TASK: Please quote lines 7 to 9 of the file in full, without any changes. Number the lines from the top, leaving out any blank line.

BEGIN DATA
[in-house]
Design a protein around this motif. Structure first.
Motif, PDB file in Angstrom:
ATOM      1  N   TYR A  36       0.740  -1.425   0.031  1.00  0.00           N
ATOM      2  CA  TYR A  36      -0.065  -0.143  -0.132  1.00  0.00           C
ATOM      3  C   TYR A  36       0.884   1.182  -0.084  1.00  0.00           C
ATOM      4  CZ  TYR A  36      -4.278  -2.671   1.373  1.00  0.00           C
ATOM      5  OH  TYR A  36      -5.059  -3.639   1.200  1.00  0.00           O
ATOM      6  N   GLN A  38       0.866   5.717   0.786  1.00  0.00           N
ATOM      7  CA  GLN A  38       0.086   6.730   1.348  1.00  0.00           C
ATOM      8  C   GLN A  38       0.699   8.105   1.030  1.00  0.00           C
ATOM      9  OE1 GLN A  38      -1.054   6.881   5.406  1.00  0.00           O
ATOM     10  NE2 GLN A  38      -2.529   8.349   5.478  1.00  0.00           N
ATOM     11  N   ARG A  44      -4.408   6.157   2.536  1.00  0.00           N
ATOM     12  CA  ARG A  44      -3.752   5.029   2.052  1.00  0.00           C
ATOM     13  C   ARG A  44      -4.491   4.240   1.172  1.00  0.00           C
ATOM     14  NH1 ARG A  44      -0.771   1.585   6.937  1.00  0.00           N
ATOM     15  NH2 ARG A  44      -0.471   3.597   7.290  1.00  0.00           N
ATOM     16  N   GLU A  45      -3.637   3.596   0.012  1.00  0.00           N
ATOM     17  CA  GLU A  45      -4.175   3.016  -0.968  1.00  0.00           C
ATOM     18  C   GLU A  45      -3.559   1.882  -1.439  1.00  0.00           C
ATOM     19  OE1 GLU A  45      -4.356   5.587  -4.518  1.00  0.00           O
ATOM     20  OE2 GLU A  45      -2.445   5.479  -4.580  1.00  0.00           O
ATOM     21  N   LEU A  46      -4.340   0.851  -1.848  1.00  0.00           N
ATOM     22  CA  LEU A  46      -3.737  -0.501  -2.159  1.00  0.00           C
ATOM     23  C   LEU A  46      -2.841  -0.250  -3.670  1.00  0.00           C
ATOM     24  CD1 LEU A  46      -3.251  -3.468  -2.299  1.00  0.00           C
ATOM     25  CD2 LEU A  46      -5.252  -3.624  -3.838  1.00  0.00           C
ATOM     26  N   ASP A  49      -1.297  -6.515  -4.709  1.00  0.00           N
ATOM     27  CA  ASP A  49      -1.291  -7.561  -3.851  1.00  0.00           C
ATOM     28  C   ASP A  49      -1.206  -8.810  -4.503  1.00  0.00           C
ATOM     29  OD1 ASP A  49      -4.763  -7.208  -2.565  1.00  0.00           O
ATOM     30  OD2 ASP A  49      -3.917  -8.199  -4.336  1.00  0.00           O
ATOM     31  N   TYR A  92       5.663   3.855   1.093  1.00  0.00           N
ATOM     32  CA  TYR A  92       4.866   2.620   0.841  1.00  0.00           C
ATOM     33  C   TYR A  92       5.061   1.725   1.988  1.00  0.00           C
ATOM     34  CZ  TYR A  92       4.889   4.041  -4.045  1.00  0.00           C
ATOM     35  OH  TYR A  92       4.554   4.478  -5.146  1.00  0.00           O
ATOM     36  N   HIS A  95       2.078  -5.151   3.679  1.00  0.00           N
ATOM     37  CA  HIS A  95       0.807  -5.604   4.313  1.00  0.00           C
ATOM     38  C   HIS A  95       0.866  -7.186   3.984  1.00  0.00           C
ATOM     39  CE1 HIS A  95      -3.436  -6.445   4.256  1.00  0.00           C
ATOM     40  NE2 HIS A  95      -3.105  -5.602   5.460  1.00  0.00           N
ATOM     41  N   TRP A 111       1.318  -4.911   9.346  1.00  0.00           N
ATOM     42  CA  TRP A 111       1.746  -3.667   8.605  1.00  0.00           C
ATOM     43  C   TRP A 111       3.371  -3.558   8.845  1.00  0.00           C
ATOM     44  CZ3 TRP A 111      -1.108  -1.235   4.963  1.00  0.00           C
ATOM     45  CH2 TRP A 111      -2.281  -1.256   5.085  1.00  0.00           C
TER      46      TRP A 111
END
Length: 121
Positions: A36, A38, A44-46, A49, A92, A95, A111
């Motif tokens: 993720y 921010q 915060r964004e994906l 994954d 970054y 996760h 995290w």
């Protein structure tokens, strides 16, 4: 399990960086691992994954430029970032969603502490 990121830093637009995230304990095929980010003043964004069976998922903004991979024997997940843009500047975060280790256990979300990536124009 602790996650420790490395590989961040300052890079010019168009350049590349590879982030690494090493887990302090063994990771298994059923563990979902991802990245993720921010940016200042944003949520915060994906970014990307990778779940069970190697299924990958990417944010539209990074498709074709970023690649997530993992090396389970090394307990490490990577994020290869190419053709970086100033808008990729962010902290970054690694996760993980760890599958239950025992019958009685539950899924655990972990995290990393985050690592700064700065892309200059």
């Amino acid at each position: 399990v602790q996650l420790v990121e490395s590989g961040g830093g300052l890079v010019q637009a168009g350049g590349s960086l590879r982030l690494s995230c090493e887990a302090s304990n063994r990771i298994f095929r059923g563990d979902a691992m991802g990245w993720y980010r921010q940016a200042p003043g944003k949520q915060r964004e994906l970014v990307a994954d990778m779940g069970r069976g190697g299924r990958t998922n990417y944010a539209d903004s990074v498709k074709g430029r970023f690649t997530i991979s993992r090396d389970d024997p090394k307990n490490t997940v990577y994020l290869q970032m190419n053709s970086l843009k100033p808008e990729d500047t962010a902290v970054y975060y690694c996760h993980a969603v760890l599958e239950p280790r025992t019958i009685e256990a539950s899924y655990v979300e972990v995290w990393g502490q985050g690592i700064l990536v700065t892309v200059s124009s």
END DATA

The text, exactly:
ATOM      4  CZ  TYR A  36      -4.278  -2.671   1.373  1.00  0.00           C
ATOM      5  OH  TYR A  36      -5.059  -3.639   1.200  1.00  0.00           O
ATOM      6  N   GLN A  38       0.866   5.717   0.786  1.00  0.00           N